As illustrated in FIG. 8, two or more composite devices 10 are joined by lengthwise joints Jw into a longer string S. Thereafter, a clam-shell union 42 of plastic piping material of substantially the same or chemically similar type as the material selected for the plastic pipe sleeve 14 is fitted over the exposed portions PE of the joined cores 12, including the butt weld or other lengthwise joint Jw between adjacent composite pipes or pilings 10. The clam-shell union 42 is formed of two or more semi-cylindrical portions 44 of the selected piping material, each of the semi-cylindrical portions 44 being sized to substantially fill the gap G between the plastic pipe sleeves 14 of adjacent composite pipes of pilings 10 and further to cover substantially the entire outer surface areas of each exposed portion PE of the joined cores 12. The clam-shell portions 44 are thereafter thermal fusion plastic welded or chemically welded together in a water-tight manner (hereinafter “plastic welded”) by means of lengthwise weld joints JL to form a tube or sleeve of plastic piping material around and completely covering the exposed portion PE of the joined cores 12. The clam-shell portions 44 are also plastic welded to the respective plastic pipe sleeve 14 on either core 12 in circumferential butt weld joints JB. The lengthwise joints Jw between multiple composite devices 10 and both the plastic lengthwise weld joints JL and the circumferential butt weld joints JB are accomplished in the field using techniques generally well-known to those of skill in the relevant art. Field welding of the cores 12 and the clam-shell union 42 permits multiple composite devices 10 to be transported to a site of use and assembled and installed in place. Installation of the clam-shell union 42 effectively seals the exposed portion PE of the joined cores 12 in the gap G between the plastic pipe sleeves 14 including the circumferential butt weld joints JB. The clam-shell union 42 also permits the composite structural device 10 to manufactured in standard lengths, which reduces inventory costs.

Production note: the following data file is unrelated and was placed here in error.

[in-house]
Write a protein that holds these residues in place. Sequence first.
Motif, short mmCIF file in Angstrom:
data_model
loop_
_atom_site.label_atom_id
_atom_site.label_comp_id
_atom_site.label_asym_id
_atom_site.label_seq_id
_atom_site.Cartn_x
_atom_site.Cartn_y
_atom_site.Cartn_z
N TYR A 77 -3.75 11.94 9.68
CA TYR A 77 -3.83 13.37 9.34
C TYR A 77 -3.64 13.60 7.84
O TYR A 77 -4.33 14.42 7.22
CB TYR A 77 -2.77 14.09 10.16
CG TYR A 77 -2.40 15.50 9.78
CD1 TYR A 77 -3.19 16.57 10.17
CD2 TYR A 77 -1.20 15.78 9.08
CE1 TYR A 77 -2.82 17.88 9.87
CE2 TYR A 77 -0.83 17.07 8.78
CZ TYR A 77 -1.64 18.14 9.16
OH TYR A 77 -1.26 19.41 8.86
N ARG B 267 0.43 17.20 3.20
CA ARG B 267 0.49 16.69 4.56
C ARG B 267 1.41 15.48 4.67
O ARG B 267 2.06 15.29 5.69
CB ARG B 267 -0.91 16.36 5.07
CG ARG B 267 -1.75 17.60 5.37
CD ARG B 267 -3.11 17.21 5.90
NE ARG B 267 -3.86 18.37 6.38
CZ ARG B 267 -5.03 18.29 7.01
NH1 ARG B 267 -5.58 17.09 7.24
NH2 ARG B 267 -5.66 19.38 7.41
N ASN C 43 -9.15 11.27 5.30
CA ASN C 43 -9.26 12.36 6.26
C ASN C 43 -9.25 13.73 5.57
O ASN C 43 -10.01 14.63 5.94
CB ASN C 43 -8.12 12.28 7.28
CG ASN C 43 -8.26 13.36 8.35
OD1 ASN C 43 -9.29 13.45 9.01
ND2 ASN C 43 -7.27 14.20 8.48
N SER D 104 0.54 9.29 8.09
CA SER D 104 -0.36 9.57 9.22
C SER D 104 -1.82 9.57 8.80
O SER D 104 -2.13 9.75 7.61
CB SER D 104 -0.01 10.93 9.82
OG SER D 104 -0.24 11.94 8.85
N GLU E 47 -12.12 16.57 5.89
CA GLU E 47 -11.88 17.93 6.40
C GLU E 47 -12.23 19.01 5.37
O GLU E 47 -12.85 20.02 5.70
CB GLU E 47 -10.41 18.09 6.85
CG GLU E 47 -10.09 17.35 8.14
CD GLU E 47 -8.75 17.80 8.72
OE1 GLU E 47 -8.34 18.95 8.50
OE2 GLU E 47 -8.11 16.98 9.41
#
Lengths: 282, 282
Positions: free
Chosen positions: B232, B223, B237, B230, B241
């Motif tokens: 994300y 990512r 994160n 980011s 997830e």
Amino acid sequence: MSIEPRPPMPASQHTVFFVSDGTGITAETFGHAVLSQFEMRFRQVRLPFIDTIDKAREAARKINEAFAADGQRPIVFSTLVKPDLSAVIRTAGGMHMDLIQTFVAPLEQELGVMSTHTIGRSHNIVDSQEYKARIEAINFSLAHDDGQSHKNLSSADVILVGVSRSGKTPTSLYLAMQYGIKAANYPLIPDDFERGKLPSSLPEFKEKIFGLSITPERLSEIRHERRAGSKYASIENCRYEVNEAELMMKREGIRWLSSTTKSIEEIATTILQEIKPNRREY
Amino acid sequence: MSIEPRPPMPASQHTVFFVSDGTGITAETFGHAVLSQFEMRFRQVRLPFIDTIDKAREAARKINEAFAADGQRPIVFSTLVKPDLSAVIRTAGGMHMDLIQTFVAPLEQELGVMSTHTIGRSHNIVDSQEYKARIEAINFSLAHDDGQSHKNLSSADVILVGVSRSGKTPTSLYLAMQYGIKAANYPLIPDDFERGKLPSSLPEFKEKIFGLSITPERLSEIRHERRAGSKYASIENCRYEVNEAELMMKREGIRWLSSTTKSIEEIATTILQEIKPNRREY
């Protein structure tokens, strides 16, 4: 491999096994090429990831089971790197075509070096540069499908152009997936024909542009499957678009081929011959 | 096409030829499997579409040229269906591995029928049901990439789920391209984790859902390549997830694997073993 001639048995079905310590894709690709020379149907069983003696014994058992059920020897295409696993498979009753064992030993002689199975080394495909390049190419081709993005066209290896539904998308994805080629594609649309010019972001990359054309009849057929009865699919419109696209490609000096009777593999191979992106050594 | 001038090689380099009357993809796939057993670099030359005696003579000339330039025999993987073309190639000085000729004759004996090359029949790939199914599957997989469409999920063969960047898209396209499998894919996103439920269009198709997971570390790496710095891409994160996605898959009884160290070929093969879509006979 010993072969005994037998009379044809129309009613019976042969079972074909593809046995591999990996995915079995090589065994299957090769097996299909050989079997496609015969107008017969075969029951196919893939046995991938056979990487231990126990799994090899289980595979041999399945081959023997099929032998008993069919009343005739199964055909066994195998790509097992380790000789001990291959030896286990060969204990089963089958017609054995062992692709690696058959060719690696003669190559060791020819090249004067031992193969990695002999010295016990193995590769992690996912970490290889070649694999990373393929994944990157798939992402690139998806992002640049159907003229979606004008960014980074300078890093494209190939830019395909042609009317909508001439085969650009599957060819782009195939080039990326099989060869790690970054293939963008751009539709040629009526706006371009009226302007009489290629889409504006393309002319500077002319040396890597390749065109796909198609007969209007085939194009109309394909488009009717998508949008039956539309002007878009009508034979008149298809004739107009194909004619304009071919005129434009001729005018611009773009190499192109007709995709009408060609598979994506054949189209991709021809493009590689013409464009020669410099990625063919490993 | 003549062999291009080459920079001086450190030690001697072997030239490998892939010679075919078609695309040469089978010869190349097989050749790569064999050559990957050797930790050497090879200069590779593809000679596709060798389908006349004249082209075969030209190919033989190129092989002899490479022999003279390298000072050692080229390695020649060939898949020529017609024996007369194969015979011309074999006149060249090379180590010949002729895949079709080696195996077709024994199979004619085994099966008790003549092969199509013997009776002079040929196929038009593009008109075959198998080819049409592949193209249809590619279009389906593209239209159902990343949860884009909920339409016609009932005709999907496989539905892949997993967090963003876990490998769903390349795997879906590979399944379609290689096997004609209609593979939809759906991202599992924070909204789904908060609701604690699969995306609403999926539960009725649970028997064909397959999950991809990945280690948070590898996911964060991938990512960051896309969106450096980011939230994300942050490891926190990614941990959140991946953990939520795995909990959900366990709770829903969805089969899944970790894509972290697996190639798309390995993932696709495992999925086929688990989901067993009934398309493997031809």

When a non-standard or irregular length of composite structural device 10 is required for a particular application, the core 12 can be cut to the desired length and the plastic pipe sleeve 14 cut and peeled off to provide the exposed portion PE of the core 12 illustrated in FIG. 8 for joining to another core 12.

When the composite structural device 10 is not terminated with a valve or other device, as when it is used as a piling rather than a transmission pipe, the exposed portion PE of the core 12 is optionally sealed with an end cap 46 formed of a material that is the same or a compatible with the plastic material of which the plastic pipe sleeve 14 is formed. The end cap 46 is plastic welded to the plastic pipe sleeve 14 in a circumferential butt weld joint JB. The end cap 46 protects the exposed portion PE of the core 12 and simultaneously protects the annular joint Ja developed at the interface between the core 12 and plastic pipe sleeve 14, which is the weakest part of the composite structural device 10.

FIG. 9 illustrates one embodiment of the invention wherein a metal nose cone 48 is provided in the exposed portion PE of the core 12 to operate as a means for protecting and sealing the annular joint Ja developed at the interface between the core 12 and plastic pipe sleeve 14 when the composite structural device 10 is driven lengthwise into the earth or other medium E. The nose cone 48 has collar 50 from which a funnel-shaped metal skirt 52 extends. The nose collar 50 is coupled to the core 12 in the exposed portion PE adjacent to either the nose 32 or tail 38 with the skirt “hanging” or extending toward the plastic pipe sleeve 14. For example, a circumferential weld joint Jw secures the collar 50 to the nose 32 or tail 38 of the elongated cylindrical core 12. According to one embodiment of the invention, the funnel-shaped metal skirt 52 is of similar material to the core 12 and yet thin enough to be sufficiently weak to fail and collapse while being driven lengthwise into the earth or other medium E, whereby the failed skirt 52 collapses about the mouth 20 (or foot 28) of the plastic pipe sleeve 14 and thereby protects the annular joint Ja developed at the interface between the core 12 and plastic pipe sleeve 14, which is the weakest part of the composite structural device 10.